The Parliamentary Commissioner for the Environment has released a report [PDF] on hydroelectricity and wild rivers, looking at the conflict between the two. Both have environmental benefits, but the current legislative scheme seems to favour hydroelectricity. Renewable electricity generation is encouraged by the RMA and by a National Policy Statement, while the legislation around conservation stewardship land allows Ministers to sidestep protections by exchanging land with developers (frequently while not being allowed to consider the river, because it is managed by LINZ rather than DoC). Meanwhile, the NPS on freshwater management does not protect wild rivers, protection in local plans is inadequate, and Water Conservation Orders are prohibitively difficult to get (and utterly worthless in Canterbury).
The PCE suggests rebalancing the legislation, with explicit protection for wild and scenic rivers in a National Policy Statement under the RMA, and amendments to make it easier and quicker to apply for a Water Conservation order. They also recommend a stocktake of rivers, either for protection with WCOs, or protection under the Conservation Act, depending on ownership (they also recommend transferring riverbed ownership from LINZ to DoC so there is one manager). Finally, they recommend changes to the interface between DoC concessions - required to do anything on DoC land - and the RMA, either by requiring the concession application to go first, or holding joint concession/resource consent hearings. The former is a much better idea than the latter, and it will save both applicants and submitters time and money.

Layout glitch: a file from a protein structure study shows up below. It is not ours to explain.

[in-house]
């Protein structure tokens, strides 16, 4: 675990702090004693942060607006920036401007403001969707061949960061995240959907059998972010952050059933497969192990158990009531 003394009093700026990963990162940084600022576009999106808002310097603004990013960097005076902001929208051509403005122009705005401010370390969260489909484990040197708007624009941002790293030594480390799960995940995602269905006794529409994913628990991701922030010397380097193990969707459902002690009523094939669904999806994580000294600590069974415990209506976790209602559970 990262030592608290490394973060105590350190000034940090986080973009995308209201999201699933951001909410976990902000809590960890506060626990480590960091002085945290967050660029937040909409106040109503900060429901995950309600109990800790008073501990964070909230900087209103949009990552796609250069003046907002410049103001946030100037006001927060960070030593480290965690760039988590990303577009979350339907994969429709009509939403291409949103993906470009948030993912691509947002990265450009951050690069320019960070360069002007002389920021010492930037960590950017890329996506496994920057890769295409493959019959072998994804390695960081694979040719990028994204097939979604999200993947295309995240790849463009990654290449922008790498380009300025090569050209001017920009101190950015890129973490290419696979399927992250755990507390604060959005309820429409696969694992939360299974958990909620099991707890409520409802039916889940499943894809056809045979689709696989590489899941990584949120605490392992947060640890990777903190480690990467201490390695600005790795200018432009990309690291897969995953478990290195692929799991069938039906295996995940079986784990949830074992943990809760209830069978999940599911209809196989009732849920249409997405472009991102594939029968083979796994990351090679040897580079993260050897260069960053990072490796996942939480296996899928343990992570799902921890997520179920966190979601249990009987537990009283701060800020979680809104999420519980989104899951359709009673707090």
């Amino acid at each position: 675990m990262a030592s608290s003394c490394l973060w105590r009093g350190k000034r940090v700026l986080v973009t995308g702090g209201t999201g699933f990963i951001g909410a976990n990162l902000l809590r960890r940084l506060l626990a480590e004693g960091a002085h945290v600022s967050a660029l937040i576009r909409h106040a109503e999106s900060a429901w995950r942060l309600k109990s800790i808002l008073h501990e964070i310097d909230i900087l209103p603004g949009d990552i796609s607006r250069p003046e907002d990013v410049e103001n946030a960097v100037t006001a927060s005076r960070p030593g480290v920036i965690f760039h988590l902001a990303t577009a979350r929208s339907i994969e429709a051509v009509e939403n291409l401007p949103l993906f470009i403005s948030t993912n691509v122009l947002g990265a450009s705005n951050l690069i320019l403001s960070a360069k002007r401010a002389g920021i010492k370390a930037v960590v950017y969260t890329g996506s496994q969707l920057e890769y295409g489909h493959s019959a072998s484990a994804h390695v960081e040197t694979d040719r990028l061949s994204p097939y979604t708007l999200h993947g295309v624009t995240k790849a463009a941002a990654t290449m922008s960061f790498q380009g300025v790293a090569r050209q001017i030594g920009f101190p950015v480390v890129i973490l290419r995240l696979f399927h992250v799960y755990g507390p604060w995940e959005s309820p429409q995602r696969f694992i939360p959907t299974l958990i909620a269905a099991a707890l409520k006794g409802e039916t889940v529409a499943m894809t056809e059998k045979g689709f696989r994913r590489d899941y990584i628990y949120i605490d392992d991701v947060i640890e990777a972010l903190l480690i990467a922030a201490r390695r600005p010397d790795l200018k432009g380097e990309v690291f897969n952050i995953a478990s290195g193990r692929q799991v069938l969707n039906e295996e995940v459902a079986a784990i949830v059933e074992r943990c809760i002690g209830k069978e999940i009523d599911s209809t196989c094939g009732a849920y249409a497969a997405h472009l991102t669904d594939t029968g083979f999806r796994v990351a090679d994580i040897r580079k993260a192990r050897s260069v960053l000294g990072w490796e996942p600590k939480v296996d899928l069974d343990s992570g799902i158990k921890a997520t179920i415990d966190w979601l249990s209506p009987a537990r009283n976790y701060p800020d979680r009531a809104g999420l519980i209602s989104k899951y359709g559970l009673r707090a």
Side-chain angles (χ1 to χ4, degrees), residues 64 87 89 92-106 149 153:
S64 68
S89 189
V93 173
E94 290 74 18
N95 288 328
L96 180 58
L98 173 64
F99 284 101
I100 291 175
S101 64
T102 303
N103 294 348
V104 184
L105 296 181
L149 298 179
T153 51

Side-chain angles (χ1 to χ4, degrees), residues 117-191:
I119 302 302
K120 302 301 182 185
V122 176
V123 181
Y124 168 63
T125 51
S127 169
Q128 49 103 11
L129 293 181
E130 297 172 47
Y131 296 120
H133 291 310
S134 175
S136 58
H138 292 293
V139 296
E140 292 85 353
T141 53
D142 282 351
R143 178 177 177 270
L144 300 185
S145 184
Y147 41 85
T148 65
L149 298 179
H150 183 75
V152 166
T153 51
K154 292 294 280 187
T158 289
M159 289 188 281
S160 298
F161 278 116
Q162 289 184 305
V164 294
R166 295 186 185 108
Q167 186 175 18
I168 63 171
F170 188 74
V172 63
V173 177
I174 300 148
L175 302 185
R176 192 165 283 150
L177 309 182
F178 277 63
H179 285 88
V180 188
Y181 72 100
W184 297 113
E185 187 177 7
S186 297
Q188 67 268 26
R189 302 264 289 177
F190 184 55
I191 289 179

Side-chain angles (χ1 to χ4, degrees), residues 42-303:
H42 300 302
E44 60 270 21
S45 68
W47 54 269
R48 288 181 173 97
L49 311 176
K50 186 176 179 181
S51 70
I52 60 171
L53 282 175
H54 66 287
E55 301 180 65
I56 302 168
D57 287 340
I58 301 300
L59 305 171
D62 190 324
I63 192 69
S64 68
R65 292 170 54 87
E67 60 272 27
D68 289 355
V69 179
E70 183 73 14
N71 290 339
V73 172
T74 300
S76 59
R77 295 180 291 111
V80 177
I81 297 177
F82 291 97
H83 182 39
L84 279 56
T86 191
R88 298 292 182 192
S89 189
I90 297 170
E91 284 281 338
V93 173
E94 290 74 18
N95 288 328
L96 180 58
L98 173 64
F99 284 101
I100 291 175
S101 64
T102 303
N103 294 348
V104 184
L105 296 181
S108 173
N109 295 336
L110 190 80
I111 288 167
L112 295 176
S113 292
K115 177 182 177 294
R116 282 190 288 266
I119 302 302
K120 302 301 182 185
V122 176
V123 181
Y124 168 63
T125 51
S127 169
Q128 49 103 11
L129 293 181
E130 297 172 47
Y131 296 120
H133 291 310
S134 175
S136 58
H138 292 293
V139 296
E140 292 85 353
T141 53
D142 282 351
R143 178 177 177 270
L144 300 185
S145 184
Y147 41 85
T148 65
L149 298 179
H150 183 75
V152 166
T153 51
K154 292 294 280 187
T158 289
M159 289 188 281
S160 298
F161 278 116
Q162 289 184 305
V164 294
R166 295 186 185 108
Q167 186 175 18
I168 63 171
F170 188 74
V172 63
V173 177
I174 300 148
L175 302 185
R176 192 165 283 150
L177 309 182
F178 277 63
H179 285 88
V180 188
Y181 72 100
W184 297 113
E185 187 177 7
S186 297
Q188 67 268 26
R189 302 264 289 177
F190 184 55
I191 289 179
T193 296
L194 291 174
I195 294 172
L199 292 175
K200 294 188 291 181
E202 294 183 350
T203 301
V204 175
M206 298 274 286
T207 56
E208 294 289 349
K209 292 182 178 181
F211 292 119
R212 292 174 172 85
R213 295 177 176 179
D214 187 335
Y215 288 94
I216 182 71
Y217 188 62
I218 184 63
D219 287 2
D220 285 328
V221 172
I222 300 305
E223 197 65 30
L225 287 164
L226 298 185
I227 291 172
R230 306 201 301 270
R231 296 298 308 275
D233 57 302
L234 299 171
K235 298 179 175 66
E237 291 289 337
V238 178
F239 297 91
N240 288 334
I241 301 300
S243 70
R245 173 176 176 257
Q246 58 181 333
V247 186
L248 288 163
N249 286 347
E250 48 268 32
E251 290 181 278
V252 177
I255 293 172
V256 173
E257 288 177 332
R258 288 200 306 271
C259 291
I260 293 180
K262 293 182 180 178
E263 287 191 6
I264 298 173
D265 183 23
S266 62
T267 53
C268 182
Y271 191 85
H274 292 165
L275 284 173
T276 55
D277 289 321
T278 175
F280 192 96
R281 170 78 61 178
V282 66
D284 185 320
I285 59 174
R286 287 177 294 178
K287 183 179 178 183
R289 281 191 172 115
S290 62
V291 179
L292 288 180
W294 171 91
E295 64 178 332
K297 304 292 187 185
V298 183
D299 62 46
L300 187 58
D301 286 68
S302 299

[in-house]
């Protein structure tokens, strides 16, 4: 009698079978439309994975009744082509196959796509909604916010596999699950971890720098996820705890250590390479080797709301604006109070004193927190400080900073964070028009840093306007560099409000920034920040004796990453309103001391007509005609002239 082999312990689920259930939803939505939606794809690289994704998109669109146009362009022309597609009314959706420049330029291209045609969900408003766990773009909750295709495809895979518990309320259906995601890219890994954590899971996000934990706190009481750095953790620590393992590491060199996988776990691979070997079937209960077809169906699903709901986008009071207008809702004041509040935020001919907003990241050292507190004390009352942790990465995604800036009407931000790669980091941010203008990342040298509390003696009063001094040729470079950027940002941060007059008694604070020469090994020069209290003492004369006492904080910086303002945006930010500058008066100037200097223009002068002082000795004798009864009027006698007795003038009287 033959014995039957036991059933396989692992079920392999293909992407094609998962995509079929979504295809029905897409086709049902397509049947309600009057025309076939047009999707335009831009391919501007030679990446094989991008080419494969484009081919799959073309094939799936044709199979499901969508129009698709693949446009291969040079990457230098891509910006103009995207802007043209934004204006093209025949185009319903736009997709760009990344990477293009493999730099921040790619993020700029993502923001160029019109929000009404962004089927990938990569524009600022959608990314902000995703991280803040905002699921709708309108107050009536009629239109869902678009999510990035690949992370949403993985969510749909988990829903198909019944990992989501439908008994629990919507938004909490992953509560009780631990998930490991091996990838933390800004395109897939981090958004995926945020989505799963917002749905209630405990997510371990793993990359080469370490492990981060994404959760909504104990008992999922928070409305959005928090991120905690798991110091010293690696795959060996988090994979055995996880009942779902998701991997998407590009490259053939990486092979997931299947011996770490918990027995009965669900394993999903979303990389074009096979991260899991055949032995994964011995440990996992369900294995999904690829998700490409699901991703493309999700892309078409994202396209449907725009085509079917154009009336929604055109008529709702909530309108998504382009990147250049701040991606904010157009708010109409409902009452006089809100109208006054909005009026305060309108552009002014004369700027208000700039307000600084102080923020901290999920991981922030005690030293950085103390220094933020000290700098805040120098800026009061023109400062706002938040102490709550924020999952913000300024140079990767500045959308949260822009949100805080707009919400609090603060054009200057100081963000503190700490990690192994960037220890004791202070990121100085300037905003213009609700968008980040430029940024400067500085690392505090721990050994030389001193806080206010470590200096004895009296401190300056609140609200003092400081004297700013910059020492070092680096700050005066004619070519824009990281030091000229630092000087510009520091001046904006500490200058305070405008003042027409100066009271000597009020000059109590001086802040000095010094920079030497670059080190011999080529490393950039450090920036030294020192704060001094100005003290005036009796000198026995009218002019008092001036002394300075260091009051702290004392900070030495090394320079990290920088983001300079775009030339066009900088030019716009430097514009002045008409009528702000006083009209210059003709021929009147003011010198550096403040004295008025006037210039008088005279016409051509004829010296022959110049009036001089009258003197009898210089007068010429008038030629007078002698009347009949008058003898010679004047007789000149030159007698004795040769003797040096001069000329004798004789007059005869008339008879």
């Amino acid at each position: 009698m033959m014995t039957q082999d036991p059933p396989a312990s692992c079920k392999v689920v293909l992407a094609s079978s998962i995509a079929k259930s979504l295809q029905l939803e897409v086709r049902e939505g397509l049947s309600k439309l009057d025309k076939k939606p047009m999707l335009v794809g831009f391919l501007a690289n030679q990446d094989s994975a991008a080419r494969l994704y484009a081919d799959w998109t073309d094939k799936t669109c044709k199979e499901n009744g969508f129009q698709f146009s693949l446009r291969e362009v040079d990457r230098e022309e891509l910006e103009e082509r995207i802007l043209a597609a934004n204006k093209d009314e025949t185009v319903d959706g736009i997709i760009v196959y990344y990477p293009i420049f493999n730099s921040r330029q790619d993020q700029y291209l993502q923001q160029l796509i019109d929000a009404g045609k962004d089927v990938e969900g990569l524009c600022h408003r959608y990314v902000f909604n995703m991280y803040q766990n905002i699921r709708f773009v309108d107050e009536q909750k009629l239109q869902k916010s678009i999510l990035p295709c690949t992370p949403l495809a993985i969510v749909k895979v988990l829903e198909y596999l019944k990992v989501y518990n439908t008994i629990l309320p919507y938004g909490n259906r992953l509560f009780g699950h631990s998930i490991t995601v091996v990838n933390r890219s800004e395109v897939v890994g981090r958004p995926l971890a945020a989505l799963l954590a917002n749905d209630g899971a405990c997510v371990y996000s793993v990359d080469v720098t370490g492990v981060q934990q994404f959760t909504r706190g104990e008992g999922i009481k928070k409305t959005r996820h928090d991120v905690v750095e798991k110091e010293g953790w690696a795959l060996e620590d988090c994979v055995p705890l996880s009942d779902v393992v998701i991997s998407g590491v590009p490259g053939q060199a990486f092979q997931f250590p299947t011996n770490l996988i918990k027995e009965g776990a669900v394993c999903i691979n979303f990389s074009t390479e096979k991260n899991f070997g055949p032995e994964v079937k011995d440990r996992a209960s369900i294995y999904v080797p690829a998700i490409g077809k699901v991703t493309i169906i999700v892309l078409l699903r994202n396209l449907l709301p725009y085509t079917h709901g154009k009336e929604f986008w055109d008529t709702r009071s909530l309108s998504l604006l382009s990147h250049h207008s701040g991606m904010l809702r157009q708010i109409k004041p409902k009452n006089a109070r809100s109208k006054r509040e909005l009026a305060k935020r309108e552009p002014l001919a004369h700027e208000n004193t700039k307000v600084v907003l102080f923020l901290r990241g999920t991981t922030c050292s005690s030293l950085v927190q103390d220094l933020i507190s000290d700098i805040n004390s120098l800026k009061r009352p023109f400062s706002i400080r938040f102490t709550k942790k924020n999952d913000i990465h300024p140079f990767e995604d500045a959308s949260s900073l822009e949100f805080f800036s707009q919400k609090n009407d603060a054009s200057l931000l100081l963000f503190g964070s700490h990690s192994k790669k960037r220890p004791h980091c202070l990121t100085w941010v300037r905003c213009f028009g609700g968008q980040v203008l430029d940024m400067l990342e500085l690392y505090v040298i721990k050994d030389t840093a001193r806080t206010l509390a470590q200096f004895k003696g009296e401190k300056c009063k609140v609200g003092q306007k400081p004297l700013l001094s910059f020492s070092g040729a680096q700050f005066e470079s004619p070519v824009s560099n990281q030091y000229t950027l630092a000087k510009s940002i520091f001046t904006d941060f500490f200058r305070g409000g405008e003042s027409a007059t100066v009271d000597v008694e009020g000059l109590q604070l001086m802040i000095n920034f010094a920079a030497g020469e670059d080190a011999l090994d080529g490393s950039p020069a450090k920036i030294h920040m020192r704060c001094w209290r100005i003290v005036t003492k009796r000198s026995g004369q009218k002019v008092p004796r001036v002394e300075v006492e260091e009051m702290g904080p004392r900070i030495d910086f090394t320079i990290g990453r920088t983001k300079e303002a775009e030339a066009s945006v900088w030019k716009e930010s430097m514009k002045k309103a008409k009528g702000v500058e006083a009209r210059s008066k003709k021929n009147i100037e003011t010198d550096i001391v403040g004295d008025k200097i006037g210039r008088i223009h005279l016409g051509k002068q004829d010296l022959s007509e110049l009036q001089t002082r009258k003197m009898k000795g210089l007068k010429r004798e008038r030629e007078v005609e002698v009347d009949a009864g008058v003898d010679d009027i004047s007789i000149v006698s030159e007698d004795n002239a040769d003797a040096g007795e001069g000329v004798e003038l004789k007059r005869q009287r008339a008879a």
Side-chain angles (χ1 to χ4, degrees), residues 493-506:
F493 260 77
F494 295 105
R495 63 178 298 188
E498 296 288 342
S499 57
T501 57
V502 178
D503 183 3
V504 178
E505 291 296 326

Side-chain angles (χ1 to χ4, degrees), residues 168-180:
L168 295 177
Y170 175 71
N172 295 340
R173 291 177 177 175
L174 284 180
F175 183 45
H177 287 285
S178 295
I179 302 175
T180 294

The ball is now in the government's court to act on these recommendations. Sadly, given their general attitude to the environment, I suspect they won't.